Everything about Collin McHugh’s game is real and most importantly repeatable. The primary reason is all of his pitches are thrown from the same arm slot, which makes his pitches difficult to pick up out of the hand. Therefore, it’s no surprise he ranked 10th among starting pitchers in swinging strikes percentage.

Three Star

Player IP ERA WHIP SO W
Garrett Richards* 200 3.24 1.17 189 13
Jose Fernandez* 200 3.41 1.16 187 13
Hisashi Iwakuma 180 3.29 1.03 160 12
Masahiro Tanaka* 200 3.35 1.16 197 11
Mike Minor 200 3.35 1.14 180 12
Phil Hughes 200 3.55 1.14 178 13
Alex Cobb 190 2.94 1.14 170 11
Gio Gonzalez 190 3.30 1.20 190 12
Julio Teheran 210 3.40 1.12 170 12
Marcus Stroman 190 3.28 1.16 165 13
Anibal Sanchez* 200 3.44 1.15 180 12
Carlos Carrasco 180 3.40 1.20 180 13
Sonny Gray 210 3.40 1.21 175 13
James Shields 210 3.55 1.19 175 13
Drew Hutchison 200 3.79 1.24 200 13
Alex Wood 190 3.40 1.15 179 11
Cliff Lee* 200 3.37 1.16 187 10
A.J. Burnett 190 3.47 1.23 175 13
Ian Kennedy 200 3.62 1.30 200 13
Matt Shoemaker 190 3.50 1.19 166 13
Mat Latos* 197 3.38 1.17 173 11

Mike Minor struggled last year and the primary reason why he struggled was due to the injury he suffered in the offseason. The injury he suffered was minor, but it forced him to change his training regimen. Since he wasn’t able to train on his schedule he rushed his comeback and subsequently caused him to suffer another injury. This offseason he’s healthy and I expect a big rebound.

Two Star

Player IP ERA WHIP SO W
Kevin Gausman 180 3.40 1.24 180 12
Derek Holland 190 3.54 1.29 185 13
Andrew Cashner* 197 3.39 1.14 161 11
Chris Archer 195 3.35 1.25 175 12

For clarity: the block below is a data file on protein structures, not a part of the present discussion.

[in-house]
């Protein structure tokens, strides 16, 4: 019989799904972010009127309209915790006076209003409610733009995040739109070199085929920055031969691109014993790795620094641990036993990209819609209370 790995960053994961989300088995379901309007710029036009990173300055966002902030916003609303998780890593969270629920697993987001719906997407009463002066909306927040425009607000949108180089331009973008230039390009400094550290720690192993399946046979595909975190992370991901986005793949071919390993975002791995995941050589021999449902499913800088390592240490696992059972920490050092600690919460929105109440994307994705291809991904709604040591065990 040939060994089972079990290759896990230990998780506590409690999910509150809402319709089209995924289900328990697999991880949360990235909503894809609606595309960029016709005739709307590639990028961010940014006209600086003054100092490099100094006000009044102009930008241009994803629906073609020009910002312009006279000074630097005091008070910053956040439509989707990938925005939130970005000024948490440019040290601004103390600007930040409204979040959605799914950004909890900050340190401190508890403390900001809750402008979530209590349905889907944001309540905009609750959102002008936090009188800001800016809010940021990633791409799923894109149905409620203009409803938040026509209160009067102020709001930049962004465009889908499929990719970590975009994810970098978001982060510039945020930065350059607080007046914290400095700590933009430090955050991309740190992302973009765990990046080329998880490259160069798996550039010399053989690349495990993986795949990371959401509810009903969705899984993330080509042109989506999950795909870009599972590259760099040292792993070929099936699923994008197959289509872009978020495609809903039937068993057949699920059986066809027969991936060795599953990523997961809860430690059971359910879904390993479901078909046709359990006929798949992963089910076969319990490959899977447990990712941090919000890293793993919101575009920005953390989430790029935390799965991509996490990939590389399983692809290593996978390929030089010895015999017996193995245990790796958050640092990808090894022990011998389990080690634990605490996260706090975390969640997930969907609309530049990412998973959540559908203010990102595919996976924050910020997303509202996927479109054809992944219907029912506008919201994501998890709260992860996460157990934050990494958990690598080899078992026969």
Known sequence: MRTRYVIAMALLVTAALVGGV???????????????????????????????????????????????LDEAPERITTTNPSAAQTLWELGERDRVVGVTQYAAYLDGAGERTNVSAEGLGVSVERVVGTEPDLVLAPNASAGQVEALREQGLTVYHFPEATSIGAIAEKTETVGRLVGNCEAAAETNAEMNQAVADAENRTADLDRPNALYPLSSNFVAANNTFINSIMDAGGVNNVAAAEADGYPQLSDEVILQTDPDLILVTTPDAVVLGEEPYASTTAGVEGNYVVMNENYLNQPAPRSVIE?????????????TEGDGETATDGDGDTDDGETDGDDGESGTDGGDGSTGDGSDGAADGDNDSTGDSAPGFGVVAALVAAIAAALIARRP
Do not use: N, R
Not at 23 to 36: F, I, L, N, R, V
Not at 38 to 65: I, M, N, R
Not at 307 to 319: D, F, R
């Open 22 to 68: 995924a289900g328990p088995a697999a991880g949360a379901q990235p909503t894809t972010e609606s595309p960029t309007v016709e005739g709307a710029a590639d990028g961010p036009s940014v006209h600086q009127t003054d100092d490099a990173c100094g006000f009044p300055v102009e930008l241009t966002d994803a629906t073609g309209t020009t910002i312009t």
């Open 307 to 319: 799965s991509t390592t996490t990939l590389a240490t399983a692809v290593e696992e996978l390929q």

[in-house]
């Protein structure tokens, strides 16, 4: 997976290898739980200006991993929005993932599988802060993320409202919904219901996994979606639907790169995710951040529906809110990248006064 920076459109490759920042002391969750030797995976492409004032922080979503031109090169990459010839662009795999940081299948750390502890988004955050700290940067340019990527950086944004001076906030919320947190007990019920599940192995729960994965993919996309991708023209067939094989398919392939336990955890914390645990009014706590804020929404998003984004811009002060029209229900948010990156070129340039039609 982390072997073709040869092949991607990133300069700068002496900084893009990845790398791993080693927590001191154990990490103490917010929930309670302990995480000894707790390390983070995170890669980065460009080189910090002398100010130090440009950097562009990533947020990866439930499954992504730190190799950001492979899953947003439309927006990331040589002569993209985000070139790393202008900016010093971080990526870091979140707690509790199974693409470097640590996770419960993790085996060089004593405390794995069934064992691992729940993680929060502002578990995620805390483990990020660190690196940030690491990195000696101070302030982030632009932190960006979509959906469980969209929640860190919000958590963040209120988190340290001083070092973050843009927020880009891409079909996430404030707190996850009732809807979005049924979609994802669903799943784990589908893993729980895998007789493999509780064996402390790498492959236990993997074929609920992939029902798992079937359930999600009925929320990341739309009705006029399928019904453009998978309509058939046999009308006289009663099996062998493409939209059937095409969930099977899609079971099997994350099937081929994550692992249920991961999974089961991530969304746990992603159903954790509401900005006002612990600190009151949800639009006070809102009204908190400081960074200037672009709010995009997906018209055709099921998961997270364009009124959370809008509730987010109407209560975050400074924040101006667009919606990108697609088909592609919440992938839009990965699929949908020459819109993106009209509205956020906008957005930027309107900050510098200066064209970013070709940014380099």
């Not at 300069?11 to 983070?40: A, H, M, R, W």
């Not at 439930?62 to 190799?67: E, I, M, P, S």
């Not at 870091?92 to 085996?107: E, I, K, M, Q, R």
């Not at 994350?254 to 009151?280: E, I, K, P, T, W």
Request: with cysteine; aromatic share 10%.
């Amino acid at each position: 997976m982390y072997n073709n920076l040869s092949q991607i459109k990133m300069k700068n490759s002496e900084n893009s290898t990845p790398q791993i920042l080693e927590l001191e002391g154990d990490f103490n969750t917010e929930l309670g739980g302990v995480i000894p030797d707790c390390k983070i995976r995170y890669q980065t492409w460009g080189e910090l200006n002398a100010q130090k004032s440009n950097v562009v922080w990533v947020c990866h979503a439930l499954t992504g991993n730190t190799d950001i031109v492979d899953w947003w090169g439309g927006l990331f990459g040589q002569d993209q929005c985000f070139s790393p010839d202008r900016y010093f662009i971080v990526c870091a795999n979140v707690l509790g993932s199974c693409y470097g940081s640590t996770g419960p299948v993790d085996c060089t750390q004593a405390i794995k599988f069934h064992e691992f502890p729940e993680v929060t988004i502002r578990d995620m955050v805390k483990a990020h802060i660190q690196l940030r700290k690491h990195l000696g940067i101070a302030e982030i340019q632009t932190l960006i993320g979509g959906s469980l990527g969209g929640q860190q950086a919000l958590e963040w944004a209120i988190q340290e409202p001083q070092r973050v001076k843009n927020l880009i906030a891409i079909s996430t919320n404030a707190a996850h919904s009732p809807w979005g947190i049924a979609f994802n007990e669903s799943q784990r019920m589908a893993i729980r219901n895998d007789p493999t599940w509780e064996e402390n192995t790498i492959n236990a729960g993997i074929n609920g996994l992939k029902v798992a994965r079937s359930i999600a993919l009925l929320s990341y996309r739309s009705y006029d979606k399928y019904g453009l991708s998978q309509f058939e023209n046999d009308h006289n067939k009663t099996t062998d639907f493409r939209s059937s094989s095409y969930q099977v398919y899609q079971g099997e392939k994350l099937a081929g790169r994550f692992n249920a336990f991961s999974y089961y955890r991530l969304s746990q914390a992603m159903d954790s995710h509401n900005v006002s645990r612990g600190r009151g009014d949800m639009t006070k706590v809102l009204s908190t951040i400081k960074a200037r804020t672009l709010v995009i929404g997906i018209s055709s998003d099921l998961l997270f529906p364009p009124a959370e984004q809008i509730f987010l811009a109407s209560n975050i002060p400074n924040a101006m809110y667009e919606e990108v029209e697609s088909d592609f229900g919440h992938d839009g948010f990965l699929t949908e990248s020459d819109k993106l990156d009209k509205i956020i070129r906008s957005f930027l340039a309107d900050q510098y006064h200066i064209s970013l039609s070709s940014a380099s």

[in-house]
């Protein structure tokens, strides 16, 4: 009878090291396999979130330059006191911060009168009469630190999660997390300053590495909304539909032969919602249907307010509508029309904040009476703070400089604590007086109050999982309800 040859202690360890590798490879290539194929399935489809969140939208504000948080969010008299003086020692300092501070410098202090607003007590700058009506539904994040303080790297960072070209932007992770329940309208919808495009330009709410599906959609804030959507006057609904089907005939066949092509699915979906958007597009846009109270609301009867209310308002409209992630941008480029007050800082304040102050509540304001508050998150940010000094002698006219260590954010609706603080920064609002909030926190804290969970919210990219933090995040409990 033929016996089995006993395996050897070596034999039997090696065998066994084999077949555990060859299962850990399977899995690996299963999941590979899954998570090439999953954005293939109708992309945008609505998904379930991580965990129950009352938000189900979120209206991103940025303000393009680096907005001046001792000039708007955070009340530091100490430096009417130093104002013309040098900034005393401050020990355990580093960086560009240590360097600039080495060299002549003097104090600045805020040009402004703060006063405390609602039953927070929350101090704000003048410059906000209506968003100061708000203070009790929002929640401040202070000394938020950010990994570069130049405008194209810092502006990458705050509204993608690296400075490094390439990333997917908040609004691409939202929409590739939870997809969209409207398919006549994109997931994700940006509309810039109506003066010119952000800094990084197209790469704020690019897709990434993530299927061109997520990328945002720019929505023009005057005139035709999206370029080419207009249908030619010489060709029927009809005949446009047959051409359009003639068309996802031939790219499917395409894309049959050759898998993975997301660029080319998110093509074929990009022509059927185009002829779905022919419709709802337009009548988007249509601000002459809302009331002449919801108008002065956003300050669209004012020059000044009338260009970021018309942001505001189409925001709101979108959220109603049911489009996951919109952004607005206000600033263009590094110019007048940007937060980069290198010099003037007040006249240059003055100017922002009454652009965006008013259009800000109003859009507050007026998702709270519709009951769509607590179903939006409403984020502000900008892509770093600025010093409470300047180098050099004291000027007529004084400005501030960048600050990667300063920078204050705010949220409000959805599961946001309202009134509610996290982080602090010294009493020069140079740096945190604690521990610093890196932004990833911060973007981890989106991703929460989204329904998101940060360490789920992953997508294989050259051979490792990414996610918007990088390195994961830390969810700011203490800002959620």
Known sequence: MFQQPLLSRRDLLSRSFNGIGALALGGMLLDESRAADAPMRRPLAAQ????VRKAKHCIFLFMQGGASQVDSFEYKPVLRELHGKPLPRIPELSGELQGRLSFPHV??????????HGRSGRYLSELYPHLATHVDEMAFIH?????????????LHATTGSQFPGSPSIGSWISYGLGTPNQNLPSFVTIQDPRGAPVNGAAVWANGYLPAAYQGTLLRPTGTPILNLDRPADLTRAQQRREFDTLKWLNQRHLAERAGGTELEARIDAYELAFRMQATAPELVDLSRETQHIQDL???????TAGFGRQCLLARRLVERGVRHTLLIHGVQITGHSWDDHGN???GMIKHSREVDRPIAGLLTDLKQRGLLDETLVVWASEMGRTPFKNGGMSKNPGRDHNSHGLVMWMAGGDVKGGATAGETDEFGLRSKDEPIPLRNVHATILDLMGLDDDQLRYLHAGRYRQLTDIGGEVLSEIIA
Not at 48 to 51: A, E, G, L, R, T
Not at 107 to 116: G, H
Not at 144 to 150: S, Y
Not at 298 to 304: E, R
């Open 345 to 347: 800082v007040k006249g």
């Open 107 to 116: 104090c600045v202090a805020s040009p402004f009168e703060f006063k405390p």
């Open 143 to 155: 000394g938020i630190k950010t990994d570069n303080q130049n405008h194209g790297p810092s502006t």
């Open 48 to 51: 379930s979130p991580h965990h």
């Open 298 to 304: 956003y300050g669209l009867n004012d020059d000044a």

Jake Odorizzi 185 3.76 1.23 175 13
R.A. Dickey 220 3.70 1.23 173 13
Dallas Keuchel 190 3.30 1.18 141 13
Lance Lynn 200 3.78 1.29 180 14
Jered Weaver 200 3.89 1.23 167 14
Homer Bailey 180 3.51 1.17 165 11
Wily Peralta 190 3.45 1.28 166 13
Michael Pineda* 197 3.61 1.17 165 11
Chris Tillman 200 3.65 1.23 160 13
Matt Harvey 170 3.41 1.15 175 9
Justin Verlander 200 3.74 1.32 175 14
John Lackey 190 3.70 1.24 162 13
Hyun-Jin Ryu 180 3.45 1.22 155 12
Drew Smyly 180 3.65 1.17 160 11
Scott Kazmir 170 3.65 1.22 153 12
Ervin Santana 195 3.72 1.25 162 12
Danny Salazar 170 3.75 1.24 170 11
Matt Cain 180 3.75 1.20 160 11
Danny Duffy 180 3.50 1.25 144 12
Wade Miley 200 3.85 1.34 173 13

Two-Star Value Pick: Derek Holland

Derek Holland lost most of last year to a fluke injury, which is causing a lot of fantasy owners to forget about how good he was and the big steps he took in 2013. In a brief stint in the 2014 the command improved even more, which provides optimism he could continue to take another step forward.

One Star

Player IP ERA WHIP SO W
Andrew Heaney 190 3.90 1.30 160 13
Francisco Liriano 160 3.55 1.30 175 10
Clay Buchholz 170 3.45 1.27 136 12
CC Sabathia 200 3.85 1.24 157 11
Sean Nolin 200 3.60 1.22 153 10
Taijuan Walker 170 3.59 1.19 145 10
James Paxton 170 3.45 1.22 145 10
Bartolo Colon 190 3.67 1.23 145 11
Kyle Lohse 200 3.90 1.17 139 11
Rick Porcello 200 3.75 1.26 130 13
Jake Peavy 170 3.80 1.20 150 10
Yordano Ventura 190 3.64 1.30 150 11
Doug Fister 180 3.39 1.21 115 11
Matt Garza 160 3.67 1.20 127 10
Justin Masterson 190 4.23 1.39 165 13
Brandon McCarthy 150 3.45 1.26 130 10
Jason Hammel 160 3.60 1.20 140 8
Tanner Roark 140 3.49 1.14 100 10
Dan Straily 180 3.96 1.28 130 11
Mark Buehrle 202 3.75 1.34 125 12
Henderson Alvarez 160 3.60 1.24 90 12
Alfredo Simon 190 4.30 1.29 121 13
Jared Cosart 190 3.77 1.34 120 12
Joe Kelly 180 4.02 1.35 120 13
Shelby Miller 190 4.20 1.27 140 10
Carlos Martinez 145 3.65 1.32 129 9
Edinson Volquez 180 4.01 1.33 139 10
Michael Wacha 140 3.14 1.16 100 7
Jeremy Hellickson 190 4.14 1.30 140 9
Miguel Gonzalez 160 4.26 1.29 115 10
Daniel Norris 150 3.90 1.35 110 9
Archie Bradley 140 4.12 1.38 140 7

One-Star Value Pick: Trevor Bauer

I watched all of Trevor Bauer’s starts last year and my conclusion is this: he’s incredibly talented and inconsistent. When he’s on he can be one of the most dominant starters in baseball. When he doesn’t have command of his fastball he walks a lot of batters and is very hittable.

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Reliever Fantasy Baseball Tiered Rankings

Welcome to the position tiered rankings for 2015. The tiers are broken out into five tiers with five being the highest and one being the lowest. Five star players are players that will be taken in the first couple of rounds or will go for $30-plus. Four star players will have $20-plus. Three stars $10-plus, two stars $5-plus and the one star are players you want to avoid or players to stash on your bench.